Here comes the Metrobus - at last
Ken McCormick joins the VIPs on the maiden voyage of the long-awaited new service from Emersons Green
IT has cost £230 million and been 12 years in the making - now the first Metrobus has finally taken to the road.
The m3 route from Emersons Green to Bristol city centre uses a combination of main roads, bus lanes, bus-only routes and pre-paid tickets to promise a faster, more reliable service.
But will the new route be a better way to travel for people living in Downend, Staple Hill, Mangotsfield and Emersons Green? Downend Voice took a ride on the inaugural journey to see how it shapes up against the X48 - which will be stopped when the m3 starts scheduled services on May 29 - as well as the 48 and 49.
The maiden Metrobus voyage had the atmosphere of a school trip, as a group of invited politicians, business leaders and journalists travelled the route on one of the new £10 million fleet, with James Freeman, the managing director of operator First West of England, acting as host.
The buses themselves are brand new, comfortable, have USB ports on seat backs to charge your smartphone and speakers for stop announcements.
But the route is far more convenient for people living or working near the Avon Ring Road than for anyone living near the middle of Downend, for example.
Starting near Sainsbury’s at Emersons Green, it stops at Lyde Green Park & Ride, the Bristol & Bath Science Park, on the A4174 near the Beefeater and Willy Wicket pubs, then near the Hambrook traffic lights before crossing the M32 and heading towards UWE.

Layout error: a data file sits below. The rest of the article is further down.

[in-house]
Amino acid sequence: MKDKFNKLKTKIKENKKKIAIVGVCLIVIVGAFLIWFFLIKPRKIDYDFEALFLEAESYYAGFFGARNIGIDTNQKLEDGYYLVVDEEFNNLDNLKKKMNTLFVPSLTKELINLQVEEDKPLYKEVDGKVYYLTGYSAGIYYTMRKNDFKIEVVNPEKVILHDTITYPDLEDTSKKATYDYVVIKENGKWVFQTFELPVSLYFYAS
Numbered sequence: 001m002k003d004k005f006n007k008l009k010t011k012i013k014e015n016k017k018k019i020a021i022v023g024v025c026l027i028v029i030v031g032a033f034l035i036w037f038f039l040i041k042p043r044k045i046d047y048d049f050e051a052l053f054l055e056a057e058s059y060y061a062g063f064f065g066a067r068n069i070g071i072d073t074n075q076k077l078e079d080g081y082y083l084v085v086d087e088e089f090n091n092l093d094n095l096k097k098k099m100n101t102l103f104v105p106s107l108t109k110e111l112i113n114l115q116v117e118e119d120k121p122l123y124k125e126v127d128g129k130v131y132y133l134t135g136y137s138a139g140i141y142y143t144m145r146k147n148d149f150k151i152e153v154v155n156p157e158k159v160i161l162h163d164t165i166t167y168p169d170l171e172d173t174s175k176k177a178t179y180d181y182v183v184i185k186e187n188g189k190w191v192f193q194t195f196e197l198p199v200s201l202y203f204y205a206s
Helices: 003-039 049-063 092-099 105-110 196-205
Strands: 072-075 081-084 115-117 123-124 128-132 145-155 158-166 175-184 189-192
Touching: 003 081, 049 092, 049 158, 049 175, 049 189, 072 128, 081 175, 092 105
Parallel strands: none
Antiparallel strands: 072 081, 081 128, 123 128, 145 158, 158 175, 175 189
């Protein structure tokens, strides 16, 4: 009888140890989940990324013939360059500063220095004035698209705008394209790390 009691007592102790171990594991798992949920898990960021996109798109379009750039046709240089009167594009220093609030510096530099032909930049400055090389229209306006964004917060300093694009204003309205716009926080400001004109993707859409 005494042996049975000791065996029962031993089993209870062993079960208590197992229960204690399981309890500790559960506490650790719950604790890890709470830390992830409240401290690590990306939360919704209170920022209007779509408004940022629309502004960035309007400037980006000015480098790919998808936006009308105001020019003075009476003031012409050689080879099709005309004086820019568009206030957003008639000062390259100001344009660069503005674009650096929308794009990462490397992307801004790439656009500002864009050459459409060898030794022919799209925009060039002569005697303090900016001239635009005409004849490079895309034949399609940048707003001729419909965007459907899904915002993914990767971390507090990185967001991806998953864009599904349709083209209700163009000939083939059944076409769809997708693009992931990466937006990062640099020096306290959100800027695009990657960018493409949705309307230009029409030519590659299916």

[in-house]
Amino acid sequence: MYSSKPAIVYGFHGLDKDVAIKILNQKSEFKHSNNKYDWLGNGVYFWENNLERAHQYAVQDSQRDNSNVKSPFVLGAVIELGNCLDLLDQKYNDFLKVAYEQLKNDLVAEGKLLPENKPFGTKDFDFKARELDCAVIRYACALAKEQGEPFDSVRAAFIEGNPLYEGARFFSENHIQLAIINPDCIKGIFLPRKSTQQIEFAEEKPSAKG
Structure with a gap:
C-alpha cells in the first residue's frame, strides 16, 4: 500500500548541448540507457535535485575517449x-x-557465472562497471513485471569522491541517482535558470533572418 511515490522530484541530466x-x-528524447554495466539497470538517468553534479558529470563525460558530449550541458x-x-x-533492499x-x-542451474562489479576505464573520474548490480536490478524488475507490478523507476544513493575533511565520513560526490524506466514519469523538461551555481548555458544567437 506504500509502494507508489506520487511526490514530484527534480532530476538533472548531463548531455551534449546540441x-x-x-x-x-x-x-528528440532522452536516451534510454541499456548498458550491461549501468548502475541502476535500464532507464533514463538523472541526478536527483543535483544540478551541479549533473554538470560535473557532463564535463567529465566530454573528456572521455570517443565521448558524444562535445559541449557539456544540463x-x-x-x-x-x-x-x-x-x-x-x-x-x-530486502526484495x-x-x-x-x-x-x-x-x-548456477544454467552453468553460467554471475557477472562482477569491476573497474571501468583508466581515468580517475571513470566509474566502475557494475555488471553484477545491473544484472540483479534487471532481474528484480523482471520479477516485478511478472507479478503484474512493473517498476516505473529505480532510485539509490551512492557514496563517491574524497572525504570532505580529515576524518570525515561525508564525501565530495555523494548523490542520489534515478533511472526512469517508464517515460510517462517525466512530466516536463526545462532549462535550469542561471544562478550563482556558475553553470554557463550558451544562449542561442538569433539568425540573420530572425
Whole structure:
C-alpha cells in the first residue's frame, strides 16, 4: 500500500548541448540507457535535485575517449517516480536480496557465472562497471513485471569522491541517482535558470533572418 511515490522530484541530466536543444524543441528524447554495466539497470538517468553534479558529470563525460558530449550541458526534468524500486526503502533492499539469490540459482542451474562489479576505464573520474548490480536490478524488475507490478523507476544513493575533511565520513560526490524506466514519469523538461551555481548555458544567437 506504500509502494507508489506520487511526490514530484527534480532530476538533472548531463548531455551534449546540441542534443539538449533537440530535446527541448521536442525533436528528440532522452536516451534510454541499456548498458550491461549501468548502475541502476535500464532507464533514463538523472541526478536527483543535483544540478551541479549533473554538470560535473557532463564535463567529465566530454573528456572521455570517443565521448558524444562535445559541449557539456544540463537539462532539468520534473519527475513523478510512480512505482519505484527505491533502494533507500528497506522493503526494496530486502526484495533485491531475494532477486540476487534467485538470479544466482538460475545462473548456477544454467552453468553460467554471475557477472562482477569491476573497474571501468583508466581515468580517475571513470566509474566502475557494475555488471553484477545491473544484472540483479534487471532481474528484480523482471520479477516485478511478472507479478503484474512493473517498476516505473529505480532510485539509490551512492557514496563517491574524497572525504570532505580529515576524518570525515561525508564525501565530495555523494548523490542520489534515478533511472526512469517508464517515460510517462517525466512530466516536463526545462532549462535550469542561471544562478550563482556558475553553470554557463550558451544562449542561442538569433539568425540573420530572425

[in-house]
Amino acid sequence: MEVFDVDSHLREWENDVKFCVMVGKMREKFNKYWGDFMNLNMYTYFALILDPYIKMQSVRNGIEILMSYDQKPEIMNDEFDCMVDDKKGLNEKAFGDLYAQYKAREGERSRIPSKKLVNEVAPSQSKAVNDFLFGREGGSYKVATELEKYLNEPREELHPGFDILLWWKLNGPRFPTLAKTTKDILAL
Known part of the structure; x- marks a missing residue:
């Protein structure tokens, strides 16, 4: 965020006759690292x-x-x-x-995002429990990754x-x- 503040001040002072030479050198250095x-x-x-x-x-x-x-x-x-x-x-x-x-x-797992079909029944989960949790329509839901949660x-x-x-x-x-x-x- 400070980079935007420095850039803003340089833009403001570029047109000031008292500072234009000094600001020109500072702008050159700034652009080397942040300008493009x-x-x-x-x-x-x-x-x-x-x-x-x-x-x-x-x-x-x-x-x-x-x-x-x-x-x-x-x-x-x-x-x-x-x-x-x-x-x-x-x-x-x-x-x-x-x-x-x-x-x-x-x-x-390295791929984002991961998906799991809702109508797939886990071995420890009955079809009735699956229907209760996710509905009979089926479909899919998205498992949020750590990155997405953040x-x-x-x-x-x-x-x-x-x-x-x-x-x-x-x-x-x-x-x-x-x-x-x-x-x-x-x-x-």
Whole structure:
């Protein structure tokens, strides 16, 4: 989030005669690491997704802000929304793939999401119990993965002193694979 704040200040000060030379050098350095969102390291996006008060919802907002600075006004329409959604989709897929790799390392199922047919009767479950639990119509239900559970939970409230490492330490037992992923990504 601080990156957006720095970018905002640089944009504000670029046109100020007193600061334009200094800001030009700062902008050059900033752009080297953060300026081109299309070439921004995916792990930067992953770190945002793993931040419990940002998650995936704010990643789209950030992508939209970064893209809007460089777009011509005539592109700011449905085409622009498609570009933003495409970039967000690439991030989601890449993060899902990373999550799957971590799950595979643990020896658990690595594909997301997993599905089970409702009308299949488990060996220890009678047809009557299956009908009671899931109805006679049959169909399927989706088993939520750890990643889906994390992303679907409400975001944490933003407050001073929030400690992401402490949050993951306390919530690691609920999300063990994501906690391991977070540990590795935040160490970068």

From there it stops at Stoke Park and Begbrook, before using the new bus-only interchange to join the M32 and stopping at Cabot Circus, Broadmead and the Centre.
The inaugural journey, made during light, mid-morning traffic, took 34 minutes from Emersons Green to the Centre - the same amount of time the X48 is timetabled to take between the same two places at the same time of day. It is a good 15 minutes quicker than the 48 and 49 from Emersons Green - but the journey times for the 48 from the Horseshoe and the 49 from Hill House Road are similar.
The leg from Hambrook to the M32 via UWE adds about nine minutes to the Metrobus journey. But stopping at the university will be key to the route’s success, as it will offer students a 15-minute journey to and from the Centre. The easier connections to growing employment areas such as the science park are also being welcomed by business leaders.
Asked about the possibility of connecting other services to Metrobus to allow people who don’t live near a stop to use it, Mr Freeman said First was “waiting to see what develops” after the m3 starts to run.
He said: “It’s a bus-based system so we can do anything.”
Anyone who wants to try Metrobus out can ride on the m3 free of charge between May 29 and June 9. After that, fares will cost between £1.50 for a one-zone single to £4 for an all-day, all-zone ticket.
Tickets must be bought in advance, either using First’s mobile m-ticket app, a smartcard or at new iPoint machines at Metrobus stops. Existing First paper tickets from Paypoint shops, Avonfare tickets and concessionary passes can also be used.
Mr Freeman said: “Metrobus combines low emissions, new customer-facing technologies and infrastructure on a massive scale. It will revolutionise public transport with faster journeys and a much higher standard in passenger experience.”
The m2 route from Long Ashton to the city centre is due to start in the autumn, with the m1 from Cribbs Causeway to Hengrove Park following in early 2019.